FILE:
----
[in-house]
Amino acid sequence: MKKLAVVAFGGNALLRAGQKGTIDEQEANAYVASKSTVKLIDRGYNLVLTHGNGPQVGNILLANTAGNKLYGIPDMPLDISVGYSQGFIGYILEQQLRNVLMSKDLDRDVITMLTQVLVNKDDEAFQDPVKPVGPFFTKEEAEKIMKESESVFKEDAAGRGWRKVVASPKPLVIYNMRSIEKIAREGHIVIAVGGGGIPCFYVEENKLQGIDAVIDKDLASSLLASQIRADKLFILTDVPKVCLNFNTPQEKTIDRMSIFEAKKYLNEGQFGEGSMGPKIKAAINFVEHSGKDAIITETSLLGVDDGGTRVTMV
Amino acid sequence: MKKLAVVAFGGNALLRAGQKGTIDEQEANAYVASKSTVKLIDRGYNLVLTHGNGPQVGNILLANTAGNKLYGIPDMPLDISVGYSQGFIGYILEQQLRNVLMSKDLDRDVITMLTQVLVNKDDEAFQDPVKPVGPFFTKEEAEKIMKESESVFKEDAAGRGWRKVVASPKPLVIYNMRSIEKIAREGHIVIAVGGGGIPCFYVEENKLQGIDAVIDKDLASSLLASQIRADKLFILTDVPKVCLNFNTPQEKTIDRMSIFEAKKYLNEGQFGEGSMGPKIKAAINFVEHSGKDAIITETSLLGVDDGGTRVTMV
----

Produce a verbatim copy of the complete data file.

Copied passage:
[in-house]
Amino acid sequence: MKKLAVVAFGGNALLRAGQKGTIDEQEANAYVASKSTVKLIDRGYNLVLTHGNGPQVGNILLANTAGNKLYGIPDMPLDISVGYSQGFIGYILEQQLRNVLMSKDLDRDVITMLTQVLVNKDDEAFQDPVKPVGPFFTKEEAEKIMKESESVFKEDAAGRGWRKVVASPKPLVIYNMRSIEKIAREGHIVIAVGGGGIPCFYVEENKLQGIDAVIDKDLASSLLASQIRADKLFILTDVPKVCLNFNTPQEKTIDRMSIFEAKKYLNEGQFGEGSMGPKIKAAINFVEHSGKDAIITETSLLGVDDGGTRVTMV
Amino acid sequence: MKKLAVVAFGGNALLRAGQKGTIDEQEANAYVASKSTVKLIDRGYNLVLTHGNGPQVGNILLANTAGNKLYGIPDMPLDISVGYSQGFIGYILEQQLRNVLMSKDLDRDVITMLTQVLVNKDDEAFQDPVKPVGPFFTKEEAEKIMKESESVFKEDAAGRGWRKVVASPKPLVIYNMRSIEKIAREGHIVIAVGGGGIPCFYVEENKLQGIDAVIDKDLASSLLASQIRADKLFILTDVPKVCLNFNTPQEKTIDRMSIFEAKKYLNEGQFGEGSMGPKIKAAINFVEHSGKDAIITETSLLGVDDGGTRVTMV